The economists said producers likely would try and secure some profit margins through the futures market late next year.

"These numbers imply we're going to have more hogs available in the fourth quarter of 2016 than in the fourth quarter of 2015," Plain said. "‚... Futures markets are offering higher prices in the fourth quarter next year than what we've had this year. So, yes, I would argue that pork producers ought to think about locking in some of that."

Bost agreed with Plain's assessment.

"I can only guess whether or not producers will be locking up prices into the end of 2016, but it looks to me like something I would want to do if I were raising hogs," Bost said. "Because you're looking at futures prices in October around $65 or so and December $61 ‚... with kill numbers like this, the cash market might be lucky to get $50 in the fourth quarter."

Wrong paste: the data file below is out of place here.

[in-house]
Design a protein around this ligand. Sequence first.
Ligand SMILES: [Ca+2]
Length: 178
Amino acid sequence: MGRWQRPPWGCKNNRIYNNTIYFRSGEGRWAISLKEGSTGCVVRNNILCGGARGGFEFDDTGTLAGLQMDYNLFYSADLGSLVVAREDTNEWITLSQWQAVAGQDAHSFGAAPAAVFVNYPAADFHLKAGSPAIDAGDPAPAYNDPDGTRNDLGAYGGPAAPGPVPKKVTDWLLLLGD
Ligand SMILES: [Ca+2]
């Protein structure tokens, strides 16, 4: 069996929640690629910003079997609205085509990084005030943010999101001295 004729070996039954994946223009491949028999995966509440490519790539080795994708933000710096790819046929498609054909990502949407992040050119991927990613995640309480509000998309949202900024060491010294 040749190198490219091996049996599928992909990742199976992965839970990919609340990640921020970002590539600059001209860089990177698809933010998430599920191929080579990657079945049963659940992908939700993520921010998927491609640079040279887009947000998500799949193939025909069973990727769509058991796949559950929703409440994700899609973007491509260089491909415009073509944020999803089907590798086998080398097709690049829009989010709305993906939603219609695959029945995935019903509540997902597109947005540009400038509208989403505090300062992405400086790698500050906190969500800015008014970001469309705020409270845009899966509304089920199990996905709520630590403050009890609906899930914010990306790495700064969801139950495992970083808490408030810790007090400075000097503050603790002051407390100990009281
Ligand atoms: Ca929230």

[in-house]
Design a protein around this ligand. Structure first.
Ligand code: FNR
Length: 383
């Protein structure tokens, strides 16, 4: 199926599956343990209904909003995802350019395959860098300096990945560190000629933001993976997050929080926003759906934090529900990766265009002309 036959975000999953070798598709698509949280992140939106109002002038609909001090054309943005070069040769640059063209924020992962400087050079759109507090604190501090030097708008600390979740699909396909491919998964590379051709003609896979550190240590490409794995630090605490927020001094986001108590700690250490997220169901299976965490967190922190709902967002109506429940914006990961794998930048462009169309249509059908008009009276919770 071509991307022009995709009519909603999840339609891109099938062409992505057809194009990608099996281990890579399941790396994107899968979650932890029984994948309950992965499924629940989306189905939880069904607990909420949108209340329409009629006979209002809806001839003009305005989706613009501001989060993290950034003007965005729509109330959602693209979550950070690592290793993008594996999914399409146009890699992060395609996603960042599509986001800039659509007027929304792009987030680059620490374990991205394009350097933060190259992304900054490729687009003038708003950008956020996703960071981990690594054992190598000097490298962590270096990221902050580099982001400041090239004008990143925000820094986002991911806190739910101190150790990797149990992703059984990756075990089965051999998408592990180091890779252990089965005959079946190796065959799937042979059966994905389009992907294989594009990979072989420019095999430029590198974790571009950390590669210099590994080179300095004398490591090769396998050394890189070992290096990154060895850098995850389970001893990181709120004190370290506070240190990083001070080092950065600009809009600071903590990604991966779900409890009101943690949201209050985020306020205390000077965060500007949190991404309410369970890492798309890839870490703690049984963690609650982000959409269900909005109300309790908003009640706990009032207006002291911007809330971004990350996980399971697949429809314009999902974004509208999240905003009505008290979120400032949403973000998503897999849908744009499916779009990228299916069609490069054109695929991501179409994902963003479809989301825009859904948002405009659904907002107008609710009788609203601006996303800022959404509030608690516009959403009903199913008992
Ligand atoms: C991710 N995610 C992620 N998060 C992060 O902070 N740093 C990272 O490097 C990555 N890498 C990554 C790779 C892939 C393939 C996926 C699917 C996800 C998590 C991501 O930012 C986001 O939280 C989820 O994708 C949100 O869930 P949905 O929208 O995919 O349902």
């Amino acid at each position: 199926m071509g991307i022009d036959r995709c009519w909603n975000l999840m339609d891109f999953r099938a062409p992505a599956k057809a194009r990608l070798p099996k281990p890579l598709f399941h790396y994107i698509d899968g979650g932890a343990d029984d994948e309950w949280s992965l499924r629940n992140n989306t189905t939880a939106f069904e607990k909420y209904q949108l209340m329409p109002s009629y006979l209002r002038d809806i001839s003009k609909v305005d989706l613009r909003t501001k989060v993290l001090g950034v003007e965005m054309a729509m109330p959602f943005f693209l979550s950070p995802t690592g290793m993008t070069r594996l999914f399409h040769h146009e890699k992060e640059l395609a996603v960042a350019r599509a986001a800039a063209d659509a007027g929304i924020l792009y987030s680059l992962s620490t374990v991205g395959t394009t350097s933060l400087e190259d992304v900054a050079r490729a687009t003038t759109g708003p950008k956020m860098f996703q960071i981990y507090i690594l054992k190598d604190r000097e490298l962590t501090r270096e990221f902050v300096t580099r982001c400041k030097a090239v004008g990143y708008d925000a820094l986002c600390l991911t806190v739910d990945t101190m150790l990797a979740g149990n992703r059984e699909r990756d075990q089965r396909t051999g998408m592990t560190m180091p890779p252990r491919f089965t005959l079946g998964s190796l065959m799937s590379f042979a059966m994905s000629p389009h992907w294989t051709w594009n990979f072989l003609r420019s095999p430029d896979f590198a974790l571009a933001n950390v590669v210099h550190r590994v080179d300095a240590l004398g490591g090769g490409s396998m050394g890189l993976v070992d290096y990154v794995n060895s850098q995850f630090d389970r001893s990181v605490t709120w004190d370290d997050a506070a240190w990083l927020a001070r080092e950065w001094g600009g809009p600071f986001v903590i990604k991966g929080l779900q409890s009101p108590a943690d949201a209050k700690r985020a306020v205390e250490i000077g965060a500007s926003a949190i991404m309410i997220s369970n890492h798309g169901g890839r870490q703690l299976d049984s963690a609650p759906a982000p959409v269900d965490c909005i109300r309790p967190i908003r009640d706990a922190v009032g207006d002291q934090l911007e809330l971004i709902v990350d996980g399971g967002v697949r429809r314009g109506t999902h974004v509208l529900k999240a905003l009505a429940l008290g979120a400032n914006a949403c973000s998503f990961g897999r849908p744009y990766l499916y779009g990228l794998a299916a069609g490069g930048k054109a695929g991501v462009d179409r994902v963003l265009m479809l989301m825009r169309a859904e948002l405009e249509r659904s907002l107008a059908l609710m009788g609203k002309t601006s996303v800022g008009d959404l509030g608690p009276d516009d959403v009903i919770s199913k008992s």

Though November data showed record margins, it wasn't for the producer, Plain said.

"It was post farm gate. For hog producers, they are in the red ink right now," Plain said. "One of the things that has helped tremendously in the last two or three years is lower feed costs have pulled that break-even down ‚... As is often the case, November and December are the two least profitable months of the year in the hog business, so it's not terribly surprising that they are losing money now, and it looks like they are going to do so for several more weeks."

Blunzter said the general rule of thumb for the industry is a price point of $60-61 for lean hogs on the CME index was considered the break-even mark. The Dec. 23 base price on the CME lean hogs index was $54 per cwt.